THE GREAT HOUSE
by Leslie

There is a great house owned by a hard working and creative family. I wish I could tell you what it looks like, but I can't. At least I can't tell an adult what it looks like. Remarkable as this may seem, the house's appearance changes. Its basic form is literally set in stone but the details seem to be more dependent on the disposition and interests of the viewer than the house's actual dimensions and construction.

The house is built of stone worked by the eighteenth century's finest cutters. It was originally oriented north south with a slate roof protecting inhabitants from rain, harsh winds and other dangers that could blow in from the Ocean. It was sited on top of a high but gently sloping hill. A light in its cupola can be seen from a great distance and even served as a beacon for travelers from distant shores. It had thirteen rooms and out building on a property that had been cut from the wilderness, was meticulously planned and lovingly tended and improved the entire neighborhood. It wasn't the largest home, nor was it the most expensive, rather its greatness lay in its simplicity and symmetry that were so pleasing that it would usher in an architectural style called "Federalist".

The property imparts a sense of joy to most. When in bloom, the aroma of hundreds of old garden roses, mostly Teas, Chinas and Noisettes, is carried by a light breeze. Pedestrians strolling past are greeted by an ever changing fragrance depending on which cultivars are blooming mixed by variations in wind direction. As they turn the corner just past a large hedge row they suddenly see the house and gardens in all their glory.

The house was conceived in the minds of men in the eighteenth century. It was a dream, an aspiration and finally a plan and after a great struggle, a reality. As the family grew rich from hard work and ingenuity they kept adding to the property. They added so much that, by late in the 19th century its orientation had been changed to east-west, but the beauty of the original design still shown through.

In the 1950's a school bus passed the old house twice each school day, and on that bus rode a child who would gaze upon the house and wished he could live there. He lived in an old shanty a few miles down the road on the other side of the tracks. He imagined living in that fine house and in his mind's eye he would be part of a perfect family living there with an Irish setter and half a dozen calico cats.

The shanty he lived in was never warm in winter. On cold sunny days in February he would imagine how wonderful it would be to sit in the glass conservatory basking in the warm sun amongst large leafed plants that he imagined populate that appendage of the house. He remembered how warm a glass house can be from a school field trip to the city botanical garden. It was on that outing at the age of eight that he finally realized the purpose of that strange glass room protruding from the south side of the great house.

Once upon a time it was called an "orangery", literally a place to grow oranges and other tropical fruits in an otherwise inhospitable climate. He had never seen the inside, but his analytical mind filled in the details of that strange glass room, with tropical plants that he had seen at the botanical garden, ponds, waterfalls, a stream crossed by arched bridges and paths of flagstone and pea gravel leading to a secret place where, in his imaginary world, he would play in lush warmth. He would even imagine a toy train like the one put up every year at the downtown department store's Christmas display. But, he knew a toy train was just a dream for him. He lived in a world of limits sharing a tiny room with two brothers. There was no space in his life for luxury. His family was poor and children at school would bully him because of his hand-me-down clothes.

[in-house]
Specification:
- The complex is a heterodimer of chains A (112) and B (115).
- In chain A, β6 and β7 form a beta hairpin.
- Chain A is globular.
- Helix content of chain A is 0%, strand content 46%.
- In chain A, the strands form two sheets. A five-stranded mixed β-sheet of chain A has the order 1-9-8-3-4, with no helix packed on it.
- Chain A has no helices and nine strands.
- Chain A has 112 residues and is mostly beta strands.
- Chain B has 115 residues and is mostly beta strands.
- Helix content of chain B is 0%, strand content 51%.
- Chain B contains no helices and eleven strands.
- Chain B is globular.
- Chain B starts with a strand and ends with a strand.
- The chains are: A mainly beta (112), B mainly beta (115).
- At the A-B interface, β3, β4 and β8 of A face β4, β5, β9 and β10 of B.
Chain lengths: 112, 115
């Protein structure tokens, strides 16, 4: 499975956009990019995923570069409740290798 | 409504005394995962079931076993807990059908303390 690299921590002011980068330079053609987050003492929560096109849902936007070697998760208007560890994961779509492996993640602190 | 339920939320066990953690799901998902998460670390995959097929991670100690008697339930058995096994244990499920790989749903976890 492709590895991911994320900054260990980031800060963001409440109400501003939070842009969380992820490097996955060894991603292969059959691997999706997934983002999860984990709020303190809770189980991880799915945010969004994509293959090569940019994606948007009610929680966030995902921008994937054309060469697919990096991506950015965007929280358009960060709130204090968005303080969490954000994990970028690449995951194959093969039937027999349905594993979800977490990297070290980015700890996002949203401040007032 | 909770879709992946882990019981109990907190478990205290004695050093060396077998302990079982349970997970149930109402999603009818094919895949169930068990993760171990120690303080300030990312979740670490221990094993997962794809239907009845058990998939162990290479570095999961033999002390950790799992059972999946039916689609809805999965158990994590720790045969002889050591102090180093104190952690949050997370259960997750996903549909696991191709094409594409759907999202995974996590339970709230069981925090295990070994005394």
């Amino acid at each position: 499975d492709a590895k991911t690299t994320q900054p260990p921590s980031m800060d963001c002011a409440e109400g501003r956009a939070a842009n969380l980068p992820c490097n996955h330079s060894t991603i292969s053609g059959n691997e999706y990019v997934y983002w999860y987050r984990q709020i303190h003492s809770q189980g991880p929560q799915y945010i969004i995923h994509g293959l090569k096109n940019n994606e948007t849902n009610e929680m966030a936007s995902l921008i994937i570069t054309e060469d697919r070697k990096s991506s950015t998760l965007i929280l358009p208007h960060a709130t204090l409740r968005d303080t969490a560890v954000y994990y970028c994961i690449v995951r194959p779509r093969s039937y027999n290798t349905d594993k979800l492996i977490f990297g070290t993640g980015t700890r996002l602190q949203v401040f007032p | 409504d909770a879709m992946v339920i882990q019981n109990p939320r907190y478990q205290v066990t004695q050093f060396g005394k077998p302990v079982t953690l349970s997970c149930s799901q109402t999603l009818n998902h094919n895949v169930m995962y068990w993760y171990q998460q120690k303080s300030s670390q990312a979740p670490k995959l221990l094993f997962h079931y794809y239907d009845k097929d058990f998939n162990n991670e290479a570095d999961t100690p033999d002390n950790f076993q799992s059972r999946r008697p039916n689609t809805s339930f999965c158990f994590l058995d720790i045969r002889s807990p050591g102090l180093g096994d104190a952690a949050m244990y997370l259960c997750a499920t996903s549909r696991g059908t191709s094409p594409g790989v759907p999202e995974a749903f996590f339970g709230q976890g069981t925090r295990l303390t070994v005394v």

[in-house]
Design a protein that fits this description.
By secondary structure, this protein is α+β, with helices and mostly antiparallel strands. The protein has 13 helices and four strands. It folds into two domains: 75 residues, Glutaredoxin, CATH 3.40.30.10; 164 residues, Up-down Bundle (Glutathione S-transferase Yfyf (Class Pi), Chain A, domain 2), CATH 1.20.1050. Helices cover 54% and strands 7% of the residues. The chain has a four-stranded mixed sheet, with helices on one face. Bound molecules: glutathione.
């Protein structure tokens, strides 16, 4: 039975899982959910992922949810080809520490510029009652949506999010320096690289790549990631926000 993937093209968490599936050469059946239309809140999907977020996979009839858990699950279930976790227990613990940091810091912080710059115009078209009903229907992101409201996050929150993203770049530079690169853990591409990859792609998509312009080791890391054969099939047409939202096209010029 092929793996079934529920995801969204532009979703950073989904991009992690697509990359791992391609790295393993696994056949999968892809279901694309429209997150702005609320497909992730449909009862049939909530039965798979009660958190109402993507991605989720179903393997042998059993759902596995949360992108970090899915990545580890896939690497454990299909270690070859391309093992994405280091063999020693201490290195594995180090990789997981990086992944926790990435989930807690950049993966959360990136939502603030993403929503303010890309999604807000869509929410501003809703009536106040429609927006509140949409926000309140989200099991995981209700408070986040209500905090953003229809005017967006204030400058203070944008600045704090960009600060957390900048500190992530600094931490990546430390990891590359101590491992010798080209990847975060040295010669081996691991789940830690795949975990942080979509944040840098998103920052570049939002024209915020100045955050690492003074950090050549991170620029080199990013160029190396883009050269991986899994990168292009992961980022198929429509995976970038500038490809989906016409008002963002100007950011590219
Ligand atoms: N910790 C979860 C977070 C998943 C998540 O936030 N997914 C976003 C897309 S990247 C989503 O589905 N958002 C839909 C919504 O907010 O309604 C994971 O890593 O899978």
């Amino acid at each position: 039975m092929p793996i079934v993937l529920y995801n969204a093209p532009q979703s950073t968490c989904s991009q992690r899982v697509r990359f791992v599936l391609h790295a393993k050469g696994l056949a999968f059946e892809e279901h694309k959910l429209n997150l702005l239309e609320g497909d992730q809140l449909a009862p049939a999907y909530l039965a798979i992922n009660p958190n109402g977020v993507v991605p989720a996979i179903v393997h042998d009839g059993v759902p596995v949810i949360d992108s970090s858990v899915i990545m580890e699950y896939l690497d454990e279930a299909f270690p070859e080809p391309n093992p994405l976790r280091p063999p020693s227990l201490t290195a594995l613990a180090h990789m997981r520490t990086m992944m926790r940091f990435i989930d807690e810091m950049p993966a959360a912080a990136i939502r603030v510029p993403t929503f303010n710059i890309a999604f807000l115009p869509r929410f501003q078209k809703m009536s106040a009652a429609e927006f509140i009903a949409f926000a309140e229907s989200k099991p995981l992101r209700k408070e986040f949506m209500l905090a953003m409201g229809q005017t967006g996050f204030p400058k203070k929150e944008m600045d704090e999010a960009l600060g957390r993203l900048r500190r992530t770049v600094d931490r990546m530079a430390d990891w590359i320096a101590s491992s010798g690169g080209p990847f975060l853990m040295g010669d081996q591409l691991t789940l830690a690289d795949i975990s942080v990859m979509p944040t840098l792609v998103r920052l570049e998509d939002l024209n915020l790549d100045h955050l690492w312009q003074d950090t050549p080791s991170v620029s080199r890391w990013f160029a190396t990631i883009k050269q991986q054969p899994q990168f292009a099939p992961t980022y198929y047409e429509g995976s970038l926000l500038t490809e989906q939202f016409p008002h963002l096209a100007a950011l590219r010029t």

In late May as the school year drew to a close the glass room was hardly noticed. It was obscured by massive wisteria vines covered in purple blooms. Then, bright colors of other blooming flowers commanded attention. On hot days, however, his gaze turned to a stuccoed rose covered wall beside the house that he rightly imagined enclosed a swimming pool. Clearly, to him the house is a thing of beauty and inspiration. He knew that some day he would own a fine house like that. He'd work hard toward that goal.

Each day as the bus passed, his eye carefully took in the proportions of the house and various out buildings and he subconsciously derived a formula for architectural beauty. He could not yet explain it but it was somewhere in his consciousness. Somewhere too within that formula, was the symmetry of the geometric formal garden that was situated on the centerline of this ten year child's ideal home. He could describe the house in detail, but with time the house would fade in his memory as his horizons broadened. It would be a small part of his much greater universe, but he would always fondly remember it as his muse, his launching pad to a better life. The structures he would create as an adult would eventually scrape the sky and shape cities around the world.

A lady who walks by the house every day ventures through a small gate into the gardens. At the entrance there is a statue of a Greek goddess with an outstretched hand with a small plaque welcoming visitors of good will. The lady knows the name of every flower and the cultivar of every rose, but she barely sees the house. When she does, it's only as a support for the English Ivy creeping up the chimneys and the iron trellises on which stunning deep red "Climbing Don Juan" and yellow "reblooming Lady Banks" roses climb. To her, it's just an old stone house that forms the perfect back drop for the peaceful garden that is the highlight of her afternoon walks.

The gardener would pull up in his pickup truck each workday. For him and other tradesmen it's not just their livelihood, a way to feed their families, it is a path to better lives as well. It's also a canvas for their creativity. He loved his garden and admired the family that made it possible for him to create and work is such beauty. It was also a place for him to learn and try new things. He would eventually leave these gardens when he was offered a position at the botanic garden where he worked his way up to become director. In that position he traveled all over the world giving talks, sharing and acquiring knowledge about botany, plant pathology and landscape design, but he would always remember that it all started at that old house. He remembered it as a place of opportunity.